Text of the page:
Bookstores have long been an important part of the economic and cultural fabric of Philadelphia. As early as the eighteenth century, booksellers set up shop in the city, eager to serve a highly-educated population hungry for information. In the nineteenth and early twentieth centuries, the number of bookstores continued to rise. These stores sold a wide variety of titles, from the latest best sellers to rare first editions. During the last quarter of the twentieth century, however, bookselling began to change in significant ways. The growth of chain bookstores, and, later, the Internet, resulted in the closing of independent bookstores across the region.
In colonial America, many printers were also booksellers. Bookselling helped provide the capital that men like William Bradford (1663-1752), Benjamin Franklin (1706-90), Thomas Dobson (1751-1823), and Mathew Carey (1760-1839) needed to finance their printing and, later, publishing operations. During this period, booksellers imported most of their stock from Europe. Religious texts, almanacs, and schoolbooks sold particularly well. Booksellers also sold stationery and other items. One of Philadelphia’s earliest bookstores was run by the Martinique-born author Médéric Louis Élie Moreau de Saint-Méry (1750-1819), who first came to Philadelphia to escape the violence of the French Revolution. He opened his shop at Front and Walnut Streets in 1794, selling a variety of foreign-language books. His bookstore quickly became a center for the French expatriate community in the city.
Bookstores thrived in Philadelphia during the nineteenth century, as literacy rates continued to climb and reading became an important part of American self-improvement efforts. Although several local publishers, such as J.B. Lippincott & Co., ran retail stores, as the century progressed bookselling became largely independent from printing and publishing. Leary’s Book Store, founded in 1836 by Maryland-born William A. Leary (1816-65), became one of the city’s most popular places to buy books. The store, which had several locations including 138 N. Front Street (1836), Fifth and Walnut Streets (1868), and 9 S. Ninth Street (1877), did not gain prominence until it was taken over by former employee Edwin S. Stuart (1853-1937) in 1876. Leary’s became known for its large stock of used books as well as for its distinctive sign, which featured an older man on top of a ladder with his hands full of books. In 1891, Stuart became mayor of Philadelphia, and, in 1907, he became governor of Pennsylvania. Stuart’s brother, William H. Stuart, took over the operation of the store. Under William, Leary’s continued to thrive. Writer Christopher Morley (1890-1957), who frequented the shop, used it as the inspiration for his mystery novel The Haunted Book Shop (1919). By 1950, Leary’s was selling almost 40,000 books a week. The store closed in 1968.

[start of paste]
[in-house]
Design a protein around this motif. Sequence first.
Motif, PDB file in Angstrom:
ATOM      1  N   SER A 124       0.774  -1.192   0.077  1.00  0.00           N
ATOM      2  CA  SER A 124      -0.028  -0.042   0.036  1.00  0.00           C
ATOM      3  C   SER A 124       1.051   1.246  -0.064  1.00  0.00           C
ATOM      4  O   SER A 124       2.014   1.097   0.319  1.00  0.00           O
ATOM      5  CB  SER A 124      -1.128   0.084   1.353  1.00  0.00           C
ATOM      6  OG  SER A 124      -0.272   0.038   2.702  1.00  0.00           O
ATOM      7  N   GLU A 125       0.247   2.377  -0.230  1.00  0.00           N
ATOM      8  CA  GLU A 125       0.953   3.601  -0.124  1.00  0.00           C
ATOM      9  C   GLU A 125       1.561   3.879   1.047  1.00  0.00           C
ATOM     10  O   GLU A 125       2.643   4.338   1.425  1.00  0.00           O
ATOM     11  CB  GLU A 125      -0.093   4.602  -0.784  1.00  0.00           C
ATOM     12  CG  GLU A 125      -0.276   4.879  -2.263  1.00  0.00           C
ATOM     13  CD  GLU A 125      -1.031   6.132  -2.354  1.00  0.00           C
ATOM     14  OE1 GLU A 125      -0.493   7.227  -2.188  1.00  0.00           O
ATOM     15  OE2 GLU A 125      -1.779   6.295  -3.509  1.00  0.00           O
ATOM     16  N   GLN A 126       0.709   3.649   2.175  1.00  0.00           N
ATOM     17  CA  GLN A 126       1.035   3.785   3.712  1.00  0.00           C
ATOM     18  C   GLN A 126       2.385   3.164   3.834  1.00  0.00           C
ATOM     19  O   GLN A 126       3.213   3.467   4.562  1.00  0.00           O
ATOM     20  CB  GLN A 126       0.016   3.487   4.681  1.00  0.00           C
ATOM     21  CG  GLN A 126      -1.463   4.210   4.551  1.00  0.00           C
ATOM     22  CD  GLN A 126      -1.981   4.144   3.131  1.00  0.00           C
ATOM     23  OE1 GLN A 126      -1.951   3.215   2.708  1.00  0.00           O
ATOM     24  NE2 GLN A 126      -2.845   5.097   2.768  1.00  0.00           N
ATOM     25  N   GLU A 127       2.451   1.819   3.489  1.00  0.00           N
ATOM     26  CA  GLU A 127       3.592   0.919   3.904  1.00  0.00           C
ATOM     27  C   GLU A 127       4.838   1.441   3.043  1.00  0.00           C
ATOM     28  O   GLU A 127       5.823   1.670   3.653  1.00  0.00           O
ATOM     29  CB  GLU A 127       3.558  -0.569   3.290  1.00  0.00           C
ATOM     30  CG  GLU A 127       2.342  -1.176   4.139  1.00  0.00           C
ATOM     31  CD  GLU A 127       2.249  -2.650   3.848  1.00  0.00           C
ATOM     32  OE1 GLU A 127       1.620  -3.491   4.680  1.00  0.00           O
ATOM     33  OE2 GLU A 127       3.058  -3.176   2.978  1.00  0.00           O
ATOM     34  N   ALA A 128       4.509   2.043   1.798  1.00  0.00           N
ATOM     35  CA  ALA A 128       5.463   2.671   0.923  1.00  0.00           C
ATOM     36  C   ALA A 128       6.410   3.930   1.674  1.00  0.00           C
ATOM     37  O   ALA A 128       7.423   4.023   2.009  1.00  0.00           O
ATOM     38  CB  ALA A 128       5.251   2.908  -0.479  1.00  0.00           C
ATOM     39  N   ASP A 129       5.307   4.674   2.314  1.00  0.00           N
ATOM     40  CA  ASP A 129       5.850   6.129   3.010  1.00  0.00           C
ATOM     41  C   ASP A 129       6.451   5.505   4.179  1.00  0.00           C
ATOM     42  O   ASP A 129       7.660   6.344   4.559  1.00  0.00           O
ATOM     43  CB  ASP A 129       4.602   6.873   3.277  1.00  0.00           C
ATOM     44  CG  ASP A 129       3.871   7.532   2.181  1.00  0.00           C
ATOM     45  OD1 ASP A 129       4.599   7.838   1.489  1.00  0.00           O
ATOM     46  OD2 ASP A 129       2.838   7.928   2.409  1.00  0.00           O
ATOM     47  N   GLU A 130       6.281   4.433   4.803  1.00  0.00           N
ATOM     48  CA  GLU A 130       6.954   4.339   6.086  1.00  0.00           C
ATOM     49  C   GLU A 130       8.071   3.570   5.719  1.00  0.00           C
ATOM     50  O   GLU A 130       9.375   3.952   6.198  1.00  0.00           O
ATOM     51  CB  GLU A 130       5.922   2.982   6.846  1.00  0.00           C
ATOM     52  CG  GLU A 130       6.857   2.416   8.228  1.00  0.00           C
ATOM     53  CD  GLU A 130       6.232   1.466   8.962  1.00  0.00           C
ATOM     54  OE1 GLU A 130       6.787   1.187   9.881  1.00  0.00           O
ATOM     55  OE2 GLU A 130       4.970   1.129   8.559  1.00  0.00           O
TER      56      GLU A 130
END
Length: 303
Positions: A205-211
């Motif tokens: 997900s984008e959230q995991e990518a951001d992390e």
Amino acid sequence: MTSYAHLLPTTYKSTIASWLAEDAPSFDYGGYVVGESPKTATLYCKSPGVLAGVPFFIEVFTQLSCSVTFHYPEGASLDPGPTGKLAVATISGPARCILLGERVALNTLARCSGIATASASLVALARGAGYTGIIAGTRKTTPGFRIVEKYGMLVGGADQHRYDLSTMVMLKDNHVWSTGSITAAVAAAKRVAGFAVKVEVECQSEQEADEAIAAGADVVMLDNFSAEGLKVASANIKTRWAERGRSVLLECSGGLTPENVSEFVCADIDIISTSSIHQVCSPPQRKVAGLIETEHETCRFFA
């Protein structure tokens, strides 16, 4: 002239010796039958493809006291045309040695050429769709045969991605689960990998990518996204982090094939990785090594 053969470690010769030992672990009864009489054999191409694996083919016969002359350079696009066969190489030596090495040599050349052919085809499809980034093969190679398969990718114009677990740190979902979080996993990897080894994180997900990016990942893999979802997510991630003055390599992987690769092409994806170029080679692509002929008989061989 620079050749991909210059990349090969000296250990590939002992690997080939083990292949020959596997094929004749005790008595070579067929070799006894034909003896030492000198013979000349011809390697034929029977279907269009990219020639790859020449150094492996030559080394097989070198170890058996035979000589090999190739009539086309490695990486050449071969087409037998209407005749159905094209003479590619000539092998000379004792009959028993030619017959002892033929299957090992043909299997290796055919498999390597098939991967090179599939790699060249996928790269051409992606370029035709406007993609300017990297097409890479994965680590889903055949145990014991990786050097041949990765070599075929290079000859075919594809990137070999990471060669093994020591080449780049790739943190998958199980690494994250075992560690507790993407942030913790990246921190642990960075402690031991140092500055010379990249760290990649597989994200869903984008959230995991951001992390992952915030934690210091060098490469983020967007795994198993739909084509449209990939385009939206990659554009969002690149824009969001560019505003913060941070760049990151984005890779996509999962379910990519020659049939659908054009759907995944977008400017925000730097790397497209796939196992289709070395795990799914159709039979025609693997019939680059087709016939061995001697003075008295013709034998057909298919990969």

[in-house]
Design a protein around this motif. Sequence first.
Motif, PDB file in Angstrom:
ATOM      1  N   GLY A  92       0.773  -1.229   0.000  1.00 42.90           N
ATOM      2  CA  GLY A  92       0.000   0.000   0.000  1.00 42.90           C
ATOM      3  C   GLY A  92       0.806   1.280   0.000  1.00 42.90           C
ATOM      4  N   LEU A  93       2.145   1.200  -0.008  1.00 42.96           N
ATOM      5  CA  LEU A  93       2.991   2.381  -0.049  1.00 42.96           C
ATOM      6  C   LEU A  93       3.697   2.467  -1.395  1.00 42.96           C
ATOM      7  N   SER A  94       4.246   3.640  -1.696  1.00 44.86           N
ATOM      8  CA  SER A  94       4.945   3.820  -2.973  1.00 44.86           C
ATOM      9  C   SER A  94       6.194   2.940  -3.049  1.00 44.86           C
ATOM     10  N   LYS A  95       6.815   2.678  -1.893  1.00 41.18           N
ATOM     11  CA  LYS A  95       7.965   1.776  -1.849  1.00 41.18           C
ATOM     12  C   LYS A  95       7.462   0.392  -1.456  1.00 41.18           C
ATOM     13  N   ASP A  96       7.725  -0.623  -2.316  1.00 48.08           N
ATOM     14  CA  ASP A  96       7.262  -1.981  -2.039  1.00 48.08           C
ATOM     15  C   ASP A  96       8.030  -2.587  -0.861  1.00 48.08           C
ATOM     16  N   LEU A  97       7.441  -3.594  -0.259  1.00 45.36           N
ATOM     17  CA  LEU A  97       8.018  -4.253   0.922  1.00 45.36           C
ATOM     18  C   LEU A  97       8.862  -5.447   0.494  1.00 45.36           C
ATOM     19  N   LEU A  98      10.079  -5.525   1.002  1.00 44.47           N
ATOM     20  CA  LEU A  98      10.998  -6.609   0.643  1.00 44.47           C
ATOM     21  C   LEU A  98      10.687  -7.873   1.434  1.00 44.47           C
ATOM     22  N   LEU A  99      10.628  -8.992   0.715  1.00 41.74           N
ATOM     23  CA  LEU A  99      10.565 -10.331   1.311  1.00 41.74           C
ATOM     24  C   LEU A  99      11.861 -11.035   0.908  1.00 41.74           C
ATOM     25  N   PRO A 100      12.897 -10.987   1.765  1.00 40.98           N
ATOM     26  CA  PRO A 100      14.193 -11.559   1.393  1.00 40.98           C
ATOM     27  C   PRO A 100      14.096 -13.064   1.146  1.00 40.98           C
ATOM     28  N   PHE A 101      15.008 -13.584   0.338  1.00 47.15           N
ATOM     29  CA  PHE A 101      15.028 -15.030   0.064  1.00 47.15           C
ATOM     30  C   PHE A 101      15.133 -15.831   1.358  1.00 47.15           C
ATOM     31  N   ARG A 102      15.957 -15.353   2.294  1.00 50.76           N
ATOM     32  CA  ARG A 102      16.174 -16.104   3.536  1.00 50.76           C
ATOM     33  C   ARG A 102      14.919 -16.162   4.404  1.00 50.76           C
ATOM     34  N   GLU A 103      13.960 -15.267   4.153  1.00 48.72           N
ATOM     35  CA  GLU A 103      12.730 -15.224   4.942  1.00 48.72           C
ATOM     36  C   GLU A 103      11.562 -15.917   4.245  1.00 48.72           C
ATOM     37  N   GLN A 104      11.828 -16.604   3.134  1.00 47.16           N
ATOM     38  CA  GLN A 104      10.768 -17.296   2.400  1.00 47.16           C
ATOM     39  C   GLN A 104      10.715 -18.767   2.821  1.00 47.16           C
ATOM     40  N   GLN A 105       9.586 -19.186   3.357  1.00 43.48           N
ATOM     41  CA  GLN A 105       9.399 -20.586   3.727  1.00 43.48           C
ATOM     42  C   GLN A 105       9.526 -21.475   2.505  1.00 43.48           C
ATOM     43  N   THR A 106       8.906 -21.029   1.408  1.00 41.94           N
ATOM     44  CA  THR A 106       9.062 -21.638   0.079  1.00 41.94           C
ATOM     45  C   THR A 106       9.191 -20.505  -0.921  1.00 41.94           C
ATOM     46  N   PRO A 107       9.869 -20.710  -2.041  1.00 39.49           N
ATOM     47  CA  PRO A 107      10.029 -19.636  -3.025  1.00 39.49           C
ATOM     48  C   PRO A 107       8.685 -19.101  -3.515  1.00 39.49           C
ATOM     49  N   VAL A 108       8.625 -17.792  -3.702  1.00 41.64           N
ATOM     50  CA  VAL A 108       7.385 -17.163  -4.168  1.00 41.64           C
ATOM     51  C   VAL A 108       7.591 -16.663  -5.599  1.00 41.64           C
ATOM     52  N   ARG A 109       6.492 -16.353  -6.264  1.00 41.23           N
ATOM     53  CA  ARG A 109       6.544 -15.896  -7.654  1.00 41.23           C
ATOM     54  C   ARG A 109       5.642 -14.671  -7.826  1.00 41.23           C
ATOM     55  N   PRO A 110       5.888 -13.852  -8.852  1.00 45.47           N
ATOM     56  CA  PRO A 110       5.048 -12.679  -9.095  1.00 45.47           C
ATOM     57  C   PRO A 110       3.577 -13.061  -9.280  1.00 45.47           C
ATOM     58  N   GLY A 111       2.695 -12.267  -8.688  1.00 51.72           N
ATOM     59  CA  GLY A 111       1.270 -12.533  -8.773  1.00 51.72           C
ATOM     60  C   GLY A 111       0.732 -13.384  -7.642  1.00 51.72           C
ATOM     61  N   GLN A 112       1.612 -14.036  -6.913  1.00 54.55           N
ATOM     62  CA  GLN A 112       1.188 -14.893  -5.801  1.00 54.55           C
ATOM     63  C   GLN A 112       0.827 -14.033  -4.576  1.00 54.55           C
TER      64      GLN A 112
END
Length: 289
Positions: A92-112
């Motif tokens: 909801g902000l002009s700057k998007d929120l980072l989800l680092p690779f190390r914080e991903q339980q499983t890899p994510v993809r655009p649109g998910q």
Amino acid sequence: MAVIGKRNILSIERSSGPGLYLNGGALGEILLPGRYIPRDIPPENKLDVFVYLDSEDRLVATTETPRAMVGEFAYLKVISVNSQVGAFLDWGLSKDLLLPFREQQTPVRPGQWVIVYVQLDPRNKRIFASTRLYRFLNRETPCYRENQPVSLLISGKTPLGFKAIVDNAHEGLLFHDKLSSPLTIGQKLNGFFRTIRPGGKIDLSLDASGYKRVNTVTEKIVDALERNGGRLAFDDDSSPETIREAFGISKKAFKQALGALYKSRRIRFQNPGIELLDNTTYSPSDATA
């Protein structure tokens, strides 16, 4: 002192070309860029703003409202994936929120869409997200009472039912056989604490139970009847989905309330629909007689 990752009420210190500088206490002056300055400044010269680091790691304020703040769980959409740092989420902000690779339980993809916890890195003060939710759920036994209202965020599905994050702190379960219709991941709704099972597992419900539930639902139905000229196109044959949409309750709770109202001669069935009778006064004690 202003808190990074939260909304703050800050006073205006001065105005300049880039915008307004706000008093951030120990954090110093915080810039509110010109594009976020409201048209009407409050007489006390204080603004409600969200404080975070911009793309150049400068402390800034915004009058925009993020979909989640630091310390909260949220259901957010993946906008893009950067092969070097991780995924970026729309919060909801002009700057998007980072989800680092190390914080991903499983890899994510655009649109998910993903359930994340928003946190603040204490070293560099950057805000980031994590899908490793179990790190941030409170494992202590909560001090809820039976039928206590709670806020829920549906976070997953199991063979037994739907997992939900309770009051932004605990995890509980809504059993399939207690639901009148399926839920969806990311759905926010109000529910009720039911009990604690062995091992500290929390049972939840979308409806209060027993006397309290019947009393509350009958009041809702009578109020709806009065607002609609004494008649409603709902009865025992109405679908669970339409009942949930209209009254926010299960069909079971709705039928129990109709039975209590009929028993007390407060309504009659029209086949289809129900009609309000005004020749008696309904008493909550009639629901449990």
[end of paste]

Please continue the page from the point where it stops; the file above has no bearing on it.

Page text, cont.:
Beginning in the late nineteenth century, books could be found not only in bookstores but also in department stores as well. John Wanamaker (1838-1922) started selling a few children’s books in his Philadelphia store in 1877. By 1884, he was selling $10,000 worth of books a day. He even published the monthly magazine Book News to advertise his offerings. Before long, other Philadelphia department stores began selling books, including Gimbels, Strawbridge and Clothier, and Snellenburg’s.
During the twentieth century, women became more prominent in the bookselling business. One advocate for women in bookselling in the region was Georgiana Hall, who worked for Wanamaker’s. In 1914, Hall gave a speech on the subject in front of the Philadelphia Booksellers’ Association. Hall argued that in addition to careers in teaching and librarianship, college-educated women should also consider bookselling. Another important woman in the bookselling business was Elisabeth Woodburn (1912-90). Woodburn sold books out of her farmhouse in Hopewell, New Jersey, where she specialized in agricultural and horticultural books. Woodburn was a founding member of the Antiquarian Booksellers’ Association of America (ABAA) and later became the group’s president.